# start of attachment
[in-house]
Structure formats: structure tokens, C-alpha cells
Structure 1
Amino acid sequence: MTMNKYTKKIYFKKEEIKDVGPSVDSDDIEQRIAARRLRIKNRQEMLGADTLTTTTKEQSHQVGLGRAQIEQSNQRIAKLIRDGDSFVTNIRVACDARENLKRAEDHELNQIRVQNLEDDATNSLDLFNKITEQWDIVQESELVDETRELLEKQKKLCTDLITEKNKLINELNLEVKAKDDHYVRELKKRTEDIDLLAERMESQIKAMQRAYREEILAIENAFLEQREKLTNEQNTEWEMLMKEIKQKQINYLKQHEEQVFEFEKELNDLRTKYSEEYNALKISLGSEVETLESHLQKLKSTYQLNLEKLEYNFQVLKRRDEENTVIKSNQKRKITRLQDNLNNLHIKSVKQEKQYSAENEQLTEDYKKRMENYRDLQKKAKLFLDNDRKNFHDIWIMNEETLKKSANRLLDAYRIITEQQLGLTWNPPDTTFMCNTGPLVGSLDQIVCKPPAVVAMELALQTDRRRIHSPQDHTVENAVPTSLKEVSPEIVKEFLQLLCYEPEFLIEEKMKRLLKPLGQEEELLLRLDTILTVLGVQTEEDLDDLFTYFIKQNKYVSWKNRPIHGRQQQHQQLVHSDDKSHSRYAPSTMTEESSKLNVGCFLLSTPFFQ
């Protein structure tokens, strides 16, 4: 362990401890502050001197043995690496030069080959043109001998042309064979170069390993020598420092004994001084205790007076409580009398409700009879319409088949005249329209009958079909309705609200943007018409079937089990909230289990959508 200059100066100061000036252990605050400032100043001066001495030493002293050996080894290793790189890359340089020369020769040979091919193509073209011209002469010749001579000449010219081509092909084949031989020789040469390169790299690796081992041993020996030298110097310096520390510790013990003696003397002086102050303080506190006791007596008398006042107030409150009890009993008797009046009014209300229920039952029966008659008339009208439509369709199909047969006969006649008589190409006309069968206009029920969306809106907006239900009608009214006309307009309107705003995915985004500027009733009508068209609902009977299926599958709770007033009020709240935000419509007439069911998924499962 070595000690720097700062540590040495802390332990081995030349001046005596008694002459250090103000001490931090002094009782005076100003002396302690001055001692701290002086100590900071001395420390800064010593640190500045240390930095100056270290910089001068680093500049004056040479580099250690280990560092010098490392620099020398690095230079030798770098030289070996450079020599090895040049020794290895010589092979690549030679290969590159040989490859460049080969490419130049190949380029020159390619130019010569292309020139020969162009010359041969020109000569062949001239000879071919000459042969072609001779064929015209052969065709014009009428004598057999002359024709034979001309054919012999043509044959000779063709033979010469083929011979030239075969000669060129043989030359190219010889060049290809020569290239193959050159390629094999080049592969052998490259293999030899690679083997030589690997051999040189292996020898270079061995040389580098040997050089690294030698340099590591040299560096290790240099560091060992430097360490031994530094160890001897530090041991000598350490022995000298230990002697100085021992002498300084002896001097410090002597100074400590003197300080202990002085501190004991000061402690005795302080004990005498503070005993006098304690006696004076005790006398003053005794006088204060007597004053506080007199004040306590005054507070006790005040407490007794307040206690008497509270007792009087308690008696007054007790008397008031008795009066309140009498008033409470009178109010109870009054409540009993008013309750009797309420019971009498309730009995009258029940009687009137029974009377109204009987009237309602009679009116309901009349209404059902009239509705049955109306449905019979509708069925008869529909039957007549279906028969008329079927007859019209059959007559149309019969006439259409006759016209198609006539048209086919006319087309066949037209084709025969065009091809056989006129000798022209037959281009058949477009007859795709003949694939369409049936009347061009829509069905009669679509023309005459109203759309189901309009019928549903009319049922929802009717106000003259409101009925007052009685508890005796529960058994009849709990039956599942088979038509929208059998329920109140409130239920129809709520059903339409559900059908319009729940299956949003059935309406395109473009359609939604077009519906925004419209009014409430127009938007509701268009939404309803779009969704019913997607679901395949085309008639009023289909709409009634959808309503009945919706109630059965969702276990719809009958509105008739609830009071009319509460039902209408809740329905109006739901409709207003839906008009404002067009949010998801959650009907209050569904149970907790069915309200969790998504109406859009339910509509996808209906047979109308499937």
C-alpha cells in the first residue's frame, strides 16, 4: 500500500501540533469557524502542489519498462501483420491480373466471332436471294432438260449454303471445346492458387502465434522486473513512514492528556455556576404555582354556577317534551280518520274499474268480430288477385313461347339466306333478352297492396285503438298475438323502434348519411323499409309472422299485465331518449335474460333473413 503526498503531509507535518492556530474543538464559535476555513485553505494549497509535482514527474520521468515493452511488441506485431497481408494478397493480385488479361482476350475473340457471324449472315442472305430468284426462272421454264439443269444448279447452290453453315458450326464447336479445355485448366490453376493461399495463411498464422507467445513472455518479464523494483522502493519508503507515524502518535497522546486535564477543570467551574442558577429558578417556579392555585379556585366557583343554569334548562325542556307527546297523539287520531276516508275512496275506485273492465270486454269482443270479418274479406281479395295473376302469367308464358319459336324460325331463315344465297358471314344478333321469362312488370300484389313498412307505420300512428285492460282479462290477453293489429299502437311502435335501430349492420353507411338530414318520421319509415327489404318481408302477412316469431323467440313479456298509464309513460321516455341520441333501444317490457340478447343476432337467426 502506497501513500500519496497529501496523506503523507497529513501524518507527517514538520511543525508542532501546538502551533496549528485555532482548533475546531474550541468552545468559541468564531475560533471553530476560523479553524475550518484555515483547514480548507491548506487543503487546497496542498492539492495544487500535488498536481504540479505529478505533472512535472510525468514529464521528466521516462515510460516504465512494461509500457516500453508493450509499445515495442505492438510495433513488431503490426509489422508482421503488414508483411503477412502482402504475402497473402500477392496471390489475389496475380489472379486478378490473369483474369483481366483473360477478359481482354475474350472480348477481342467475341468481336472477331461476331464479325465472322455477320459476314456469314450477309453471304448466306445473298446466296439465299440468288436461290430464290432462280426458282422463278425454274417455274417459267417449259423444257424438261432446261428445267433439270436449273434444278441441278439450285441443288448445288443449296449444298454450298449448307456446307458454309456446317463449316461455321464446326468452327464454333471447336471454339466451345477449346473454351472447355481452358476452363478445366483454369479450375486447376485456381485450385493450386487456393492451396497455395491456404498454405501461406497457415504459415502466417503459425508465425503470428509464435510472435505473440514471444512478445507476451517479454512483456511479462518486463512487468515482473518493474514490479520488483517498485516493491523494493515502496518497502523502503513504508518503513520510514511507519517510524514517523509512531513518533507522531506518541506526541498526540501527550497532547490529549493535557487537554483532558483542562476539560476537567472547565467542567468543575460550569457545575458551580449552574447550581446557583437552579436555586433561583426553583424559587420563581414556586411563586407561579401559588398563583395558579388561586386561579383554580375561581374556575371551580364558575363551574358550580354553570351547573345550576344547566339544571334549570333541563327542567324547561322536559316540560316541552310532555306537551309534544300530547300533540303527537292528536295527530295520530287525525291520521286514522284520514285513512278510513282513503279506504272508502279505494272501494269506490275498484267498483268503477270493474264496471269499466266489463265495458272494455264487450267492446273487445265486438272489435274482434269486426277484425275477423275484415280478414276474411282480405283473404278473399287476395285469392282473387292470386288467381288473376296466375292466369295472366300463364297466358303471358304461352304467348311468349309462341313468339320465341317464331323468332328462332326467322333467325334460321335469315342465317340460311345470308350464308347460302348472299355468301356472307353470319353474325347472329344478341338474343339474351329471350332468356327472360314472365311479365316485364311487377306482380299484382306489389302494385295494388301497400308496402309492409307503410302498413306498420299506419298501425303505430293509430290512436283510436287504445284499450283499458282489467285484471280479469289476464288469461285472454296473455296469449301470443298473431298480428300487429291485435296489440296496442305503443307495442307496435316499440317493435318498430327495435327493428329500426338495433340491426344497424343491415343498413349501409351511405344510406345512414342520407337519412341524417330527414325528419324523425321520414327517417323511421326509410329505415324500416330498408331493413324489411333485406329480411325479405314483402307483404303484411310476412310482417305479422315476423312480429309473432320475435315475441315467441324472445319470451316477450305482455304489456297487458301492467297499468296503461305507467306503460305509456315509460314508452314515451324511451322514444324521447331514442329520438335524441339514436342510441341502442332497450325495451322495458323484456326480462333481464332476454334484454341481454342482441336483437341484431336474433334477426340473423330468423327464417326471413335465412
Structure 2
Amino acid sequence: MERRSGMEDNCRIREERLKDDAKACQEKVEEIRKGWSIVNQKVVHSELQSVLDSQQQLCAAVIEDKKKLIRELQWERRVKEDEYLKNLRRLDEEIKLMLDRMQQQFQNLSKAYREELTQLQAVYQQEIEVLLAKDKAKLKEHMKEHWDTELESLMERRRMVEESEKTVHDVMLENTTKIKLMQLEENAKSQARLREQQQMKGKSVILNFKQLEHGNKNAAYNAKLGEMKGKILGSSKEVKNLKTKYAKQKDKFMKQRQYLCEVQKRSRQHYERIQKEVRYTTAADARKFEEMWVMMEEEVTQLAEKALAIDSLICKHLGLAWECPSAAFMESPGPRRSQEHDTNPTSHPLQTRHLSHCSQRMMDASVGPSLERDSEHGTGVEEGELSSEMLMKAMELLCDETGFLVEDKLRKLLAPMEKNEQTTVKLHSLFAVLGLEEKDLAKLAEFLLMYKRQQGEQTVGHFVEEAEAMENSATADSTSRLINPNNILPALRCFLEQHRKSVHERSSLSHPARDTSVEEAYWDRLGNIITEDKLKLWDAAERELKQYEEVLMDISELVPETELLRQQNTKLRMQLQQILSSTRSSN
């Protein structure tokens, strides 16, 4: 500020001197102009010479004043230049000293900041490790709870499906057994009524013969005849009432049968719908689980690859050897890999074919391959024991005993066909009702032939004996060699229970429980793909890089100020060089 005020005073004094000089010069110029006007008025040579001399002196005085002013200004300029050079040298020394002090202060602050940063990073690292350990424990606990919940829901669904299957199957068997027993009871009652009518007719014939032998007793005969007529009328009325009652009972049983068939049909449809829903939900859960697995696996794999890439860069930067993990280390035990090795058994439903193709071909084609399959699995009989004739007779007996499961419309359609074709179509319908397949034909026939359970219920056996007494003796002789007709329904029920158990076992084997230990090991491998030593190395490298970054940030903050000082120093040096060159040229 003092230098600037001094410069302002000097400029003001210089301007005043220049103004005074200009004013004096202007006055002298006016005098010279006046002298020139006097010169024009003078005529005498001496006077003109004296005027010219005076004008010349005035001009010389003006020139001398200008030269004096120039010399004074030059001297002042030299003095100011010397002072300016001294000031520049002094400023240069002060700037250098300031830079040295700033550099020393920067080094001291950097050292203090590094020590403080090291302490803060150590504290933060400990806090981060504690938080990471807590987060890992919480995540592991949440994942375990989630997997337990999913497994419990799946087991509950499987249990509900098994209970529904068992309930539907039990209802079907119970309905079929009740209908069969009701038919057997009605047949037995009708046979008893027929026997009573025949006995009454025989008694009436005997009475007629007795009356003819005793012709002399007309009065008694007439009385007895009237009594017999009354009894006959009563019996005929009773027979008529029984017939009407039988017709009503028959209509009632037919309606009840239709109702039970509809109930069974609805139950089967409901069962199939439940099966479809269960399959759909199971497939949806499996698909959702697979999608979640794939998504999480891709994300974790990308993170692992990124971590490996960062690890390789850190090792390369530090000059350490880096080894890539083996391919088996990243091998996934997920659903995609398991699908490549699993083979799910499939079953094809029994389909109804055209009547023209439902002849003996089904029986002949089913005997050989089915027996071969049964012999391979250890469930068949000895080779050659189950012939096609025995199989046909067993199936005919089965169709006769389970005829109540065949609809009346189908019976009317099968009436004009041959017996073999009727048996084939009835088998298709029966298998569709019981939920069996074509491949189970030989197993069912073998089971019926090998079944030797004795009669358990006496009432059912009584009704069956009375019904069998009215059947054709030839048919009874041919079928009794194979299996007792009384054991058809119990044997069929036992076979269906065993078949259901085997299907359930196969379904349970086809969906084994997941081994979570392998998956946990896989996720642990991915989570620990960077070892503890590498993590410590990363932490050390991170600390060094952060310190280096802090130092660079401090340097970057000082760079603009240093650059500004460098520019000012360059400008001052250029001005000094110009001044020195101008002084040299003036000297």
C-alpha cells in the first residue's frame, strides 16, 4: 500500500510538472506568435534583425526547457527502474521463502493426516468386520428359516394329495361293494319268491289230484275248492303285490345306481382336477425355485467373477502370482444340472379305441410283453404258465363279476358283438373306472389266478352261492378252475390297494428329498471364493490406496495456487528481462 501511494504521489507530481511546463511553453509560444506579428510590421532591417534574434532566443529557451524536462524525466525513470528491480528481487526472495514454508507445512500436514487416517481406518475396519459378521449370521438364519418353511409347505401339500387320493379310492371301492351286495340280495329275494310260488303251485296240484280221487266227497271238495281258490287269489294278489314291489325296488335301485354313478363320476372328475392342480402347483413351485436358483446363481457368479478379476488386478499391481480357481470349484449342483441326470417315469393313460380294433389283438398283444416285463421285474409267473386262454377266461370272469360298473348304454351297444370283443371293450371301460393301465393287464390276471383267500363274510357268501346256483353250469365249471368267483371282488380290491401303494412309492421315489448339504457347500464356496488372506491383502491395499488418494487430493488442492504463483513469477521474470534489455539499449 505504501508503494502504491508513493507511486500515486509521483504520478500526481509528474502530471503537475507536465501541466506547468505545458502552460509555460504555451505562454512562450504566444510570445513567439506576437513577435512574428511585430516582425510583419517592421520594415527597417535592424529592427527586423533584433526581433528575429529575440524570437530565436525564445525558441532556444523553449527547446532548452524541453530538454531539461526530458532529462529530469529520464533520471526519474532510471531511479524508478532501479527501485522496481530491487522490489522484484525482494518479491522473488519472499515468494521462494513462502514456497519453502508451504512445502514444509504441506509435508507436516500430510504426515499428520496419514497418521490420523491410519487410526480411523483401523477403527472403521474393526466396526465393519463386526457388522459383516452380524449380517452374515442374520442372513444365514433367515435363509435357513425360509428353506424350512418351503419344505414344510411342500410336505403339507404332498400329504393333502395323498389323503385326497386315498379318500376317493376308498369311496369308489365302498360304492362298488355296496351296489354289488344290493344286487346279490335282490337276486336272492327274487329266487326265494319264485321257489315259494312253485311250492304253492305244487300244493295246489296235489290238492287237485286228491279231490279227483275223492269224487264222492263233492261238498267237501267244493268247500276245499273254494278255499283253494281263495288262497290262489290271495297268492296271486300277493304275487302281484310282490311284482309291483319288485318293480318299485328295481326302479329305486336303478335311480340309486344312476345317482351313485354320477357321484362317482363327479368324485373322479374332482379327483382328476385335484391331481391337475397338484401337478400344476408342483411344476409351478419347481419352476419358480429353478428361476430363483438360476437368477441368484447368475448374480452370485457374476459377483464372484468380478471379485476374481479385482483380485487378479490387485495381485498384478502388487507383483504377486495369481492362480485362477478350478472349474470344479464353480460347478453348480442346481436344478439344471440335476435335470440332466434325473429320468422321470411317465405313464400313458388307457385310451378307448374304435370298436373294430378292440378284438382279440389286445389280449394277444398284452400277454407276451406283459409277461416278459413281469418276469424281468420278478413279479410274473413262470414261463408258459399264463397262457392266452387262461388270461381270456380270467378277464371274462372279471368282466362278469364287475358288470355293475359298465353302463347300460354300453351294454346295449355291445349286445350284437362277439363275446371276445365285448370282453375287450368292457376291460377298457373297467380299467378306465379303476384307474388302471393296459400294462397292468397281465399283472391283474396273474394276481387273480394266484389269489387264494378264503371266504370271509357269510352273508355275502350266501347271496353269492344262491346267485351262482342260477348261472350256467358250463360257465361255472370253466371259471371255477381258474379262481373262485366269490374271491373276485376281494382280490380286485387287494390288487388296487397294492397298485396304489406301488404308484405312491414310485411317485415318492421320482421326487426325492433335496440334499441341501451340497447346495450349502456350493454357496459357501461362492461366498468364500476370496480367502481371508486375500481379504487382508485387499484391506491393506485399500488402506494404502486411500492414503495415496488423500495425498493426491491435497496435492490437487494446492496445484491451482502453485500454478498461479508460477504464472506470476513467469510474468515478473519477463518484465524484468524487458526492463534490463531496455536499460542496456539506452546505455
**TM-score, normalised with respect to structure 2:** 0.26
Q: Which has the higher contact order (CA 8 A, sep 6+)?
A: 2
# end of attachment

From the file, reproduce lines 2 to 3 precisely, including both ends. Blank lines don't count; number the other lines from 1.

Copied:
Structure formats: structure tokens, C-alpha cells
Structure 1